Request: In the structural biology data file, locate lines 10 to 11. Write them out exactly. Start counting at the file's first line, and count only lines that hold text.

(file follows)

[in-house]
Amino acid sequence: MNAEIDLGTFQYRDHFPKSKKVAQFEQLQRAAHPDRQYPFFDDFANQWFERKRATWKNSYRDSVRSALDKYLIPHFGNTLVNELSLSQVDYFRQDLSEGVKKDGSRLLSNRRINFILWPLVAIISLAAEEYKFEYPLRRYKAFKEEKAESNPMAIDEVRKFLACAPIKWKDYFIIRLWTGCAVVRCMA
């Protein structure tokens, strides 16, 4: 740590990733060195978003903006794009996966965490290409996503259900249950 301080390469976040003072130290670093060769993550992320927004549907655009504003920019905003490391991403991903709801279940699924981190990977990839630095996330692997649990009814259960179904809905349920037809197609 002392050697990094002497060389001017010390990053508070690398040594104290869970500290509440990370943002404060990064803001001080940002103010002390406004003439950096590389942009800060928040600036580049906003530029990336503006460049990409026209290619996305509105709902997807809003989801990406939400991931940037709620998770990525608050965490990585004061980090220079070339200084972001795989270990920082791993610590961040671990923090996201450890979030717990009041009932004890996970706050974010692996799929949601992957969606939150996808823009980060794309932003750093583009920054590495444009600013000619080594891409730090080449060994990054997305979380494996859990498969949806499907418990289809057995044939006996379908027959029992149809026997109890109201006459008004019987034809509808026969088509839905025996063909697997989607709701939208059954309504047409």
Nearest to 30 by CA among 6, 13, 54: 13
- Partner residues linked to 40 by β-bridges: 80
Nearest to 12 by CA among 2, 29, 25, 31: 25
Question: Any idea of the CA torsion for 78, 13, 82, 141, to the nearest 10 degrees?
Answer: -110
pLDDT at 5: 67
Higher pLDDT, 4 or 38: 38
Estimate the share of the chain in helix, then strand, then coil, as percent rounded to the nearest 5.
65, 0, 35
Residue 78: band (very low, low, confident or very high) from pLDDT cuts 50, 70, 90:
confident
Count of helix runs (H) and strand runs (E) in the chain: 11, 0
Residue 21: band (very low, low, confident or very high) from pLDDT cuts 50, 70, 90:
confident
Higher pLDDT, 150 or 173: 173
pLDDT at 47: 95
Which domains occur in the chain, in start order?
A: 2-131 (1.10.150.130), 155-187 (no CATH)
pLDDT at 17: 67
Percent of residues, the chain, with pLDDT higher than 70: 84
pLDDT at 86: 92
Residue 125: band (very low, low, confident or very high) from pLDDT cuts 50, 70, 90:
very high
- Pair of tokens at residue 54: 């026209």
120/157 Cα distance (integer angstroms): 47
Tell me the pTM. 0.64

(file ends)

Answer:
Higher pLDDT, 4 or 38: 38
Estimate the share of the chain in helix, then strand, then coil, as percent rounded to the nearest 5.